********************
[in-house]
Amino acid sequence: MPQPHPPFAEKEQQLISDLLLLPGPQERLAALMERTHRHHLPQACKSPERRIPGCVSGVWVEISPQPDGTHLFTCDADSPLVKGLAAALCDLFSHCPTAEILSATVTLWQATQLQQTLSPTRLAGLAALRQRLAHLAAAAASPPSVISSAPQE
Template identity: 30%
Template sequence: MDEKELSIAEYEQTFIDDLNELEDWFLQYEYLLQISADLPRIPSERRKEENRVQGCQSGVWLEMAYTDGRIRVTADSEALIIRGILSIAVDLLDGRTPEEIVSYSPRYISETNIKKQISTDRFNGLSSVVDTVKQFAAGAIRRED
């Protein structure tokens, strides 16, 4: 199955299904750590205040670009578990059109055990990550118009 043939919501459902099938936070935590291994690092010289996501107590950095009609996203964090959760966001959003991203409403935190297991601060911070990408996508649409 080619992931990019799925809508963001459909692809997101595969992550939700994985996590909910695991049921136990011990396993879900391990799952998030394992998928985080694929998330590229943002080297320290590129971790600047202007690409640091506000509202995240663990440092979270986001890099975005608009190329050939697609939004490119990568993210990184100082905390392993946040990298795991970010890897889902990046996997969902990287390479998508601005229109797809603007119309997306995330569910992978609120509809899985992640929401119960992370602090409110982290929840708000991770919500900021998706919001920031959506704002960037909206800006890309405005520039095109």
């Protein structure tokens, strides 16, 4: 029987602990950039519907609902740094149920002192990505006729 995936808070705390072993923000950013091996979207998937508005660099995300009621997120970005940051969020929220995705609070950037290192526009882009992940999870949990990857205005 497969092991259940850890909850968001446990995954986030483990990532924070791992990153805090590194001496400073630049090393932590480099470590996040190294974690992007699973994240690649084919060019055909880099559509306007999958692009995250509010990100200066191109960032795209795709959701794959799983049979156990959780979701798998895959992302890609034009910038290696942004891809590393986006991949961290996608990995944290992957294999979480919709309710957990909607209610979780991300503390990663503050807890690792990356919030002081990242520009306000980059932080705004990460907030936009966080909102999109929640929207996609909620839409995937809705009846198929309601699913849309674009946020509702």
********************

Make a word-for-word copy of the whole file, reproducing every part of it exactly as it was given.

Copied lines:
[in-house]
Amino acid sequence: MPQPHPPFAEKEQQLISDLLLLPGPQERLAALMERTHRHHLPQACKSPERRIPGCVSGVWVEISPQPDGTHLFTCDADSPLVKGLAAALCDLFSHCPTAEILSATVTLWQATQLQQTLSPTRLAGLAALRQRLAHLAAAAASPPSVISSAPQE
Template identity: 30%
Template sequence: MDEKELSIAEYEQTFIDDLNELEDWFLQYEYLLQISADLPRIPSERRKEENRVQGCQSGVWLEMAYTDGRIRVTADSEALIIRGILSIAVDLLDGRTPEEIVSYSPRYISETNIKKQISTDRFNGLSSVVDTVKQFAAGAIRRED
């Protein structure tokens, strides 16, 4: 199955299904750590205040670009578990059109055990990550118009 043939919501459902099938936070935590291994690092010289996501107590950095009609996203964090959760966001959003991203409403935190297991601060911070990408996508649409 080619992931990019799925809508963001459909692809997101595969992550939700994985996590909910695991049921136990011990396993879900391990799952998030394992998928985080694929998330590229943002080297320290590129971790600047202007690409640091506000509202995240663990440092979270986001890099975005608009190329050939697609939004490119990568993210990184100082905390392993946040990298795991970010890897889902990046996997969902990287390479998508601005229109797809603007119309997306995330569910992978609120509809899985992640929401119960992370602090409110982290929840708000991770919500900021998706919001920031959506704002960037909206800006890309405005520039095109």
């Protein structure tokens, strides 16, 4: 029987602990950039519907609902740094149920002192990505006729 995936808070705390072993923000950013091996979207998937508005660099995300009621997120970005940051969020929220995705609070950037290192526009882009992940999870949990990857205005 497969092991259940850890909850968001446990995954986030483990990532924070791992990153805090590194001496400073630049090393932590480099470590996040190294974690992007699973994240690649084919060019055909880099559509306007999958692009995250509010990100200066191109960032795209795709959701794959799983049979156990959780979701798998895959992302890609034009910038290696942004891809590393986006991949961290996608990995944290992957294999979480919709309710957990909607209610979780991300503390990663503050807890690792990356919030002081990242520009306000980059932080705004990460907030936009966080909102999109929640929207996609909620839409995937809705009846198929309601699913849309674009946020509702």